5. Cultural Awareness Activities
* * * * * * * * * * by Alice Li * * * * * * * * * *
AFTER receiving my university education in Canada, I volunteered at various adult English schools in the Kitchener-Waterloo region. Sigrid Anderson, the teacher with whom I worked closely, took me under her wing and enthralled me with the art of teaching EAL. I have taught in community-based organizations, adult learning centres, night schools and workplaces. I have also been the instructor and co-ordinator for the English Program for International Graduate Students from the Faculties of Science and Engineering at the University of Waterloo.
My interest in cultural awareness originated from my experiences as a Chinese-Canadian. For the past seven years, while adjusting to a new life-style, I have become more aware of my own culture. This has perhaps been one way to preserve and re-establish my identity in Canada. Since I started teaching, I have also observed this attitude among my learners who, once in a while, become nostalgic about their cultures and traditions. Their nostalgia is revealed in their eagerness to discuss facets of their cultures; exchanges of views have become an important part of my classes.
This wealth of cultural information that is readily available among learners could be used to create activities and lesson plans. Not only would the learners' experiences be acknowledged, but everyone would also have the opportunity to learn from each other. I have certainly learn a lot from my learners who brought with them unique experiences and cultural backgrounds. On the other hand, teachers also have to recognize that some learners are not very strongly interested in cultural issues.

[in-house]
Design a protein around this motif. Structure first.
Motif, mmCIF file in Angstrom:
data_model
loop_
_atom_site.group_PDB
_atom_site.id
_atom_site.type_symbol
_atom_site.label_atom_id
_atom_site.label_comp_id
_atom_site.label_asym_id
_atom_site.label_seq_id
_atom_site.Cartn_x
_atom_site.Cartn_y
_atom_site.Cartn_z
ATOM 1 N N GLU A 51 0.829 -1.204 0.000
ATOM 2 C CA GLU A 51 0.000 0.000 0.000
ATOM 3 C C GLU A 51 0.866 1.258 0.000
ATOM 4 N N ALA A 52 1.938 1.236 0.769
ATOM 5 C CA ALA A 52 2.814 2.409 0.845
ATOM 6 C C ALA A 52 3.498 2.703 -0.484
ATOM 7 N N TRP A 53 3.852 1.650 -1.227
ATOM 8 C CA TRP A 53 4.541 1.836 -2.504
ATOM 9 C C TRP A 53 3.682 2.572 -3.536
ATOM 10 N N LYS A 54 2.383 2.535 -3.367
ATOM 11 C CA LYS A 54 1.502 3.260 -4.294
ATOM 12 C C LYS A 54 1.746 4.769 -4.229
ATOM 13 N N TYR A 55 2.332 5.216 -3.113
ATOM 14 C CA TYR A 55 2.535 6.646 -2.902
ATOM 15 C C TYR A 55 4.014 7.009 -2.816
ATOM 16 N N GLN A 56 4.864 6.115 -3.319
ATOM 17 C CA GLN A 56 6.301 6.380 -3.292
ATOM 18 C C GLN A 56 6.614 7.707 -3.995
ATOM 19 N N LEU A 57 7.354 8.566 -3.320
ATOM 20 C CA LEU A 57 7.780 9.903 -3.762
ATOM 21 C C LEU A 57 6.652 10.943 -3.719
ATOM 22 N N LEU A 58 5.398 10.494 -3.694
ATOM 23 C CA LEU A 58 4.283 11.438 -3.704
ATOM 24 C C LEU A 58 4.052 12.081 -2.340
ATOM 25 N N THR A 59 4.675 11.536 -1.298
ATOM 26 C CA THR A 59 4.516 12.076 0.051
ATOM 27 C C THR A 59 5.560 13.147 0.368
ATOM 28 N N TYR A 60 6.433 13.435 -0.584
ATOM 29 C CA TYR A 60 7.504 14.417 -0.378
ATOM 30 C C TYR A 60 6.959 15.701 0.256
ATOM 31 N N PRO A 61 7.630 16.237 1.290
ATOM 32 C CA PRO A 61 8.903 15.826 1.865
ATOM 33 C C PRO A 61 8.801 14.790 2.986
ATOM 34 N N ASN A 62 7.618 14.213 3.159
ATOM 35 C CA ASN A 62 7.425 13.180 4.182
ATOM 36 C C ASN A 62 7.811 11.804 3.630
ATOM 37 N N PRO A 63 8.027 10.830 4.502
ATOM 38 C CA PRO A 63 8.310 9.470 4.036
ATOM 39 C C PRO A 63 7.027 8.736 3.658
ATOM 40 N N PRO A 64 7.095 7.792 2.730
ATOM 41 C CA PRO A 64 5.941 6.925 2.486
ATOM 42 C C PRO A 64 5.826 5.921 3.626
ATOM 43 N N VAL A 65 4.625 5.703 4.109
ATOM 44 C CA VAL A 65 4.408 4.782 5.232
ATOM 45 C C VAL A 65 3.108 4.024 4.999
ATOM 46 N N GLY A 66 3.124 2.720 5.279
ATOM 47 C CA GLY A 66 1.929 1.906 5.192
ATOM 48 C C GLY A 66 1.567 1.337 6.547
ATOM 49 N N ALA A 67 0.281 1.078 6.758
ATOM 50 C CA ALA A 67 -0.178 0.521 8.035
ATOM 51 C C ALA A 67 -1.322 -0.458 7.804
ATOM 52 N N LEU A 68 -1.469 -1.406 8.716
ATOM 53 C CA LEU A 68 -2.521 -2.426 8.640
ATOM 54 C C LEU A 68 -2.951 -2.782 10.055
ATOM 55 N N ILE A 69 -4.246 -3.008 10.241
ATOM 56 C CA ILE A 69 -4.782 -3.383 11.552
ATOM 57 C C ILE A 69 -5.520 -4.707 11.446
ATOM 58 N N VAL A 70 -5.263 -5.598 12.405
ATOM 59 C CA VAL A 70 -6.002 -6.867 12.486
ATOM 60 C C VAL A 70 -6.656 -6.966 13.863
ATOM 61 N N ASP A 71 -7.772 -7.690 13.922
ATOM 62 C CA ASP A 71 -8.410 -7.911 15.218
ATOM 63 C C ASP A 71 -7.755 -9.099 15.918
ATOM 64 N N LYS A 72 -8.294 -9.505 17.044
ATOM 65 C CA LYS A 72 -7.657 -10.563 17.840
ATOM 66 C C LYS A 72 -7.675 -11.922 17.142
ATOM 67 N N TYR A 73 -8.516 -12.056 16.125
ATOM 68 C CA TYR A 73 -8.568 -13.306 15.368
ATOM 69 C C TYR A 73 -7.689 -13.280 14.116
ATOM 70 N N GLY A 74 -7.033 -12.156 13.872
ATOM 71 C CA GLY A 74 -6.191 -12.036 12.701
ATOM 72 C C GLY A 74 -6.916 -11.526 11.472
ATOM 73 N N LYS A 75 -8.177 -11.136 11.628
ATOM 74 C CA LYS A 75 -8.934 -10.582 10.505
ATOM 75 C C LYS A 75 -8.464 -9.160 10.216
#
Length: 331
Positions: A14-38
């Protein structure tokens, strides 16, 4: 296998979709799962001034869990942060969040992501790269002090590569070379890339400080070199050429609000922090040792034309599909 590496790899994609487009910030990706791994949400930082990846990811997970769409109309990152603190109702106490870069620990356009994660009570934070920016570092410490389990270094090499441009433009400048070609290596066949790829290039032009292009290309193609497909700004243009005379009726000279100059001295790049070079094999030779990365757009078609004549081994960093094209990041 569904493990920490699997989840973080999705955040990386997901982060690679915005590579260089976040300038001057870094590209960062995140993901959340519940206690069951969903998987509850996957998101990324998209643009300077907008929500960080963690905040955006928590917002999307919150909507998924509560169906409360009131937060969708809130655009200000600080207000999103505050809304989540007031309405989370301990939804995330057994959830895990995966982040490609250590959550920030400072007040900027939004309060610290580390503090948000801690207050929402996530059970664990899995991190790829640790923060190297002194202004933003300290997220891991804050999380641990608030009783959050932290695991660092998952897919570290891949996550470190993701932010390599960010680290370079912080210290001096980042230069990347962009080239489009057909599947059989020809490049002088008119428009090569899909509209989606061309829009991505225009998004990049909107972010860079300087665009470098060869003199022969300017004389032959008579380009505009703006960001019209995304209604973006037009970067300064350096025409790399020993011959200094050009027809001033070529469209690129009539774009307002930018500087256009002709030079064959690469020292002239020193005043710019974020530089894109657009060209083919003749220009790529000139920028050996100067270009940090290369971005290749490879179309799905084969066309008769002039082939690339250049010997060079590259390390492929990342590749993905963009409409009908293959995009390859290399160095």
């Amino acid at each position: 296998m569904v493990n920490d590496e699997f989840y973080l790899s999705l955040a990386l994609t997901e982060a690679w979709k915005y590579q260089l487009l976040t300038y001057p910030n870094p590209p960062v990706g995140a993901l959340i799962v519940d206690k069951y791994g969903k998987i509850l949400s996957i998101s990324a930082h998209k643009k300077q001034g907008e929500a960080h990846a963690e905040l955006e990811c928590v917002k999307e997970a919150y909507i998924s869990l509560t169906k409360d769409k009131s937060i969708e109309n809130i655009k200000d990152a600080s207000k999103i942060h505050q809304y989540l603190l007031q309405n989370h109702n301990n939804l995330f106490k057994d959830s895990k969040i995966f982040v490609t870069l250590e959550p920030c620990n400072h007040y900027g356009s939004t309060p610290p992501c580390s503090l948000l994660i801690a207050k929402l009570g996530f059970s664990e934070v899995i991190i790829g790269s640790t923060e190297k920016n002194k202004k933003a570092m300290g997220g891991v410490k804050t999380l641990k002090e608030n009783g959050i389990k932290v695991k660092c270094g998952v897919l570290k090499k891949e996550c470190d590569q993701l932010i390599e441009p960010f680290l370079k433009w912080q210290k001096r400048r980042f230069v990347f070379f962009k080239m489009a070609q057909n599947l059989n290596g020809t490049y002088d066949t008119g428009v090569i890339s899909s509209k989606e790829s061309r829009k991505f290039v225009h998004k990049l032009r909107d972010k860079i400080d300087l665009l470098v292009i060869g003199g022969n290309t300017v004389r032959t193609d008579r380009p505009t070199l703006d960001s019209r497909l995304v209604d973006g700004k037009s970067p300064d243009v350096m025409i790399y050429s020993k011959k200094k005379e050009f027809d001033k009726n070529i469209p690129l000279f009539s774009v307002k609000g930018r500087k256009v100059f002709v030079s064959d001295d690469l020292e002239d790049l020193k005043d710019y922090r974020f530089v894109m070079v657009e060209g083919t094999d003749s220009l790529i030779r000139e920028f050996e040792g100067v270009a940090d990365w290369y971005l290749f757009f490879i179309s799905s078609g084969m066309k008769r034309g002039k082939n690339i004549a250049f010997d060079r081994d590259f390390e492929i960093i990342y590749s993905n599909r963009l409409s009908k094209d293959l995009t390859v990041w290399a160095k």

I hope that this chapter, consisting of cross-cultural activities and lesson plans that explore feminist issues, will enable learners and teachers to examine some issues relevant to women from different cultural perspectives.
Many of the following lesson plans involve group work. Insightful discussions might ensue from learners grouped according to their gender, marital status, or cultural background. It is important that learners feel comfortable and safe in their group. Therefore, groupings may be made according to alternative considerations.
Group discussions involve roles of facilitating, note-taking, and reporting that are best assigned to each member at the beginning of the activity. If there are more learners in a group than tasks, learners should share tasks. Even though the teacher is not always there to oversee their discussion, learners should take the initiative in monitoring their own progress.
For group, pair or individual activities, a time limit should be given at the beginning and towards the end of the activity. Instructors should base the time limit on the learners' level, the amount of work required to complete the assigned task, as well as the extent and expected quality of the "product" (in most cases a report or presentation). From the outset, learners should understand clearly what they are asked to do.